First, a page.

The Varnett Public School

Skip to main content

Former student, mom visit Varnett; surprised by growth

Danielle King and her mother paid a visit to The Varnett Public School this week and talked about old times.

Danielle, 27, a meetings coordinator in the Washington, D.C. area, started her schooling at then-Varnett Academy in 1986. She was three years old. And even though she stayed at Varnett for only two years, she and her mother credit the school for launching Danielle into her educational journey and career path
.
The former student and her mother, Gwendolyn King, met with Superintendent Annette Cluff on Wednesday and then sat down for an interview as they talked about how Varnett played a key role in their lives.

Ms. King said she searched out different schools for her daughter, learned about Varnett and made her decision to enroll her here.“I was impressed with what they were offering,” she said. “Danielle started reading at 3 so I needed a school that was going to expound on that – and they did. She just excelled tremendously with the teachers she had.”

She said the teachers were “nourishing” and they “embraced the children with love. My daughter was used to that.”

Danielle added: “I really liked the environment. It was fun.” She said she started reading to her classmates at the age of 5 and credited Varnett and her mother for preparing her to be at the top of her class each year in grade school.

She started kindergarten at a magnet school, Kate Bell Elementary in the Houston Independent School District, before enrolling into The Vanguard program that accommodated her learning level.

Ms. King emphasized that her daughter left Varnett, a private school at the time, for the public school system because of economic reasons.

“We were not unhappy with Varnett,” she said.

Danielle plans events for the Federation of American Societies for Experimental Biology in Bethesa, Md. The non-profit umbrella organization is the nation’s largest coalition of biomedical researchers, representing 23 scientific groups and more than 100,000 researchers from around the world. According to its website, the federation is recognized as the policy voice of biological and biomedical researchers.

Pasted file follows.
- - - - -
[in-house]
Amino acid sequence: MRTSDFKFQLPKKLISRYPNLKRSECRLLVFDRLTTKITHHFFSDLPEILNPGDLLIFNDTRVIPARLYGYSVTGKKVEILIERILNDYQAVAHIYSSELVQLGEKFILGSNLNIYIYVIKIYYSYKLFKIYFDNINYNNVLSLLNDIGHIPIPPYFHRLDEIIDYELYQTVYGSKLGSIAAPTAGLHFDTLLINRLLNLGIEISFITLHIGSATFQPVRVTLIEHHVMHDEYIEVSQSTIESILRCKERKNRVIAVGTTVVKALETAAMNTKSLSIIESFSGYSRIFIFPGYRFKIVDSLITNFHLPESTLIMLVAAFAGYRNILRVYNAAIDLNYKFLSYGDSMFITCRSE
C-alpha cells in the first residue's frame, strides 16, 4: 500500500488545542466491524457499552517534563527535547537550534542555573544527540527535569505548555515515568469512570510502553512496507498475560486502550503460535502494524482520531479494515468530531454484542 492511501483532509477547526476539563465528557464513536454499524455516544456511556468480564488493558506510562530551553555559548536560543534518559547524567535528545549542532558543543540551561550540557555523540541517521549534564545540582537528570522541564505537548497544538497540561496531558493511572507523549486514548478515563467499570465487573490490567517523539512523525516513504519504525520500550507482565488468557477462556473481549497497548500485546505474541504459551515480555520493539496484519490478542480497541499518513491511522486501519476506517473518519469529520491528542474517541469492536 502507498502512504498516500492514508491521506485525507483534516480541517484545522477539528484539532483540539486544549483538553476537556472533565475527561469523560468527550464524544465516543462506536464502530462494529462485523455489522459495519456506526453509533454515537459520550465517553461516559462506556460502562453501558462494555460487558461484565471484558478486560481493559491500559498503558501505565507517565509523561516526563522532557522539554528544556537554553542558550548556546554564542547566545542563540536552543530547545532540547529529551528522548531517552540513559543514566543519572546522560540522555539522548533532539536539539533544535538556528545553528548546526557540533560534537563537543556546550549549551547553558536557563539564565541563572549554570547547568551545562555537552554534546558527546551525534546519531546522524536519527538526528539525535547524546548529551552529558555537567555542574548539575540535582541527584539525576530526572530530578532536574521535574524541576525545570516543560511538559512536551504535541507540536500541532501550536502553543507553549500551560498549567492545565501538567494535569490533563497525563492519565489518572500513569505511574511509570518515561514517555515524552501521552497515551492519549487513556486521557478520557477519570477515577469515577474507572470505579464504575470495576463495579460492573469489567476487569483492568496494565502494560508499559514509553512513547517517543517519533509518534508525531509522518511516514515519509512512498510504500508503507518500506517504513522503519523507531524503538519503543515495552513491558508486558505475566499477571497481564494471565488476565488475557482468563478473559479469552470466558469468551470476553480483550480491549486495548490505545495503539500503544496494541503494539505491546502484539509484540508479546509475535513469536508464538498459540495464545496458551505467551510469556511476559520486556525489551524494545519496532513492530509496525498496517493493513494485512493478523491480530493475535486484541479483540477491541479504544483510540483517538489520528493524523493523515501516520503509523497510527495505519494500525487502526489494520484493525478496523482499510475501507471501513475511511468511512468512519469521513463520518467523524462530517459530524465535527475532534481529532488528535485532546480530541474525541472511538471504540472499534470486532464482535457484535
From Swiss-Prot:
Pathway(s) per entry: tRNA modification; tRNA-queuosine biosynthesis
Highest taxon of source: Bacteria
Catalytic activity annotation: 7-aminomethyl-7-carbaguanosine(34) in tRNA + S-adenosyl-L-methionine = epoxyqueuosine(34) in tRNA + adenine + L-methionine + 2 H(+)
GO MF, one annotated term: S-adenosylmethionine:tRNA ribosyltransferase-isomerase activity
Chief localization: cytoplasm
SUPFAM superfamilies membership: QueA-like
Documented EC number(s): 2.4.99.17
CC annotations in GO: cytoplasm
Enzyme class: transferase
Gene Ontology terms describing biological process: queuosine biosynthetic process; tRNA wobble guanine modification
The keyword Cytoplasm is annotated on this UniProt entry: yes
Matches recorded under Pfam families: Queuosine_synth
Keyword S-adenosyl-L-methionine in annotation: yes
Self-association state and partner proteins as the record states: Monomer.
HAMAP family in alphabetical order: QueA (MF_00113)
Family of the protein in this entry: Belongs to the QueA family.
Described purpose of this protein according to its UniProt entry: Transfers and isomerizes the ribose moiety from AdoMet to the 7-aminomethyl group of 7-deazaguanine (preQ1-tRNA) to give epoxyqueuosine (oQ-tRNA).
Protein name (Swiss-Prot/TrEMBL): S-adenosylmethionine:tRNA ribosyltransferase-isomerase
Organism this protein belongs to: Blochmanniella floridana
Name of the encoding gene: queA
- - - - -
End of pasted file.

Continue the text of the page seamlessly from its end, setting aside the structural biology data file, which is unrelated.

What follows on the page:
Danielle has a major role with the federation as a meetings and conference planner. She initiates contracts, talks to hotel managers to schedule the rooms, studies floor plans, keeps in touch with the speakers and attendees, plans for the food and beverages and goes on site to make sure “everything is together.”

“When you go to a conference, I’m behind all of that,” she said.

Danielle graduated from the University of Texas in Austin in 2006 and plans to earn a graduate degree in finance. She is looking at the University of Maryland, George Washington University in Washington D.C., and possibly the University of Virginia.
She eventually wants to start her own event planning business.

Danielle was in Houston on a vacation break and returns on Sunday to Washington, where she has lived for three years. In meeting with Mrs. Cluff, mother and daughter had a very important reason to visit Varnett. Ms. King’s 4-year-old granddaughter, Lauren Johnson, will start school at the Southwest Campus on Aug. 23.

She said she and her daughter-in-law agreed on Varnett, recalling her own daughter’s positive experience at the school.

While in the administration building’s conference room, Danielle and Ms. King watched a video that focused on the history of Varnett and then looked at a framed school picture that read “To Our Friend Oprah Winfrey... From The Varnett Academy, Houston, Texas, 1988." Danielle was in the photo and had signed the portrait, along with other children and Mrs. Cluff.

Ms. King, an accountant, said she was surprised when she stepped on campus on Wednesday. “Compared to what we were, we were just one building,” she said. “The growth is tremendous.”

Mrs. Cluff said it is always nice to visit with former students. When asked about the praise that Danielle and Ms. King gave the school, Mrs. Cluff said: “It makes me feel like I’m doing something right.”
Published Print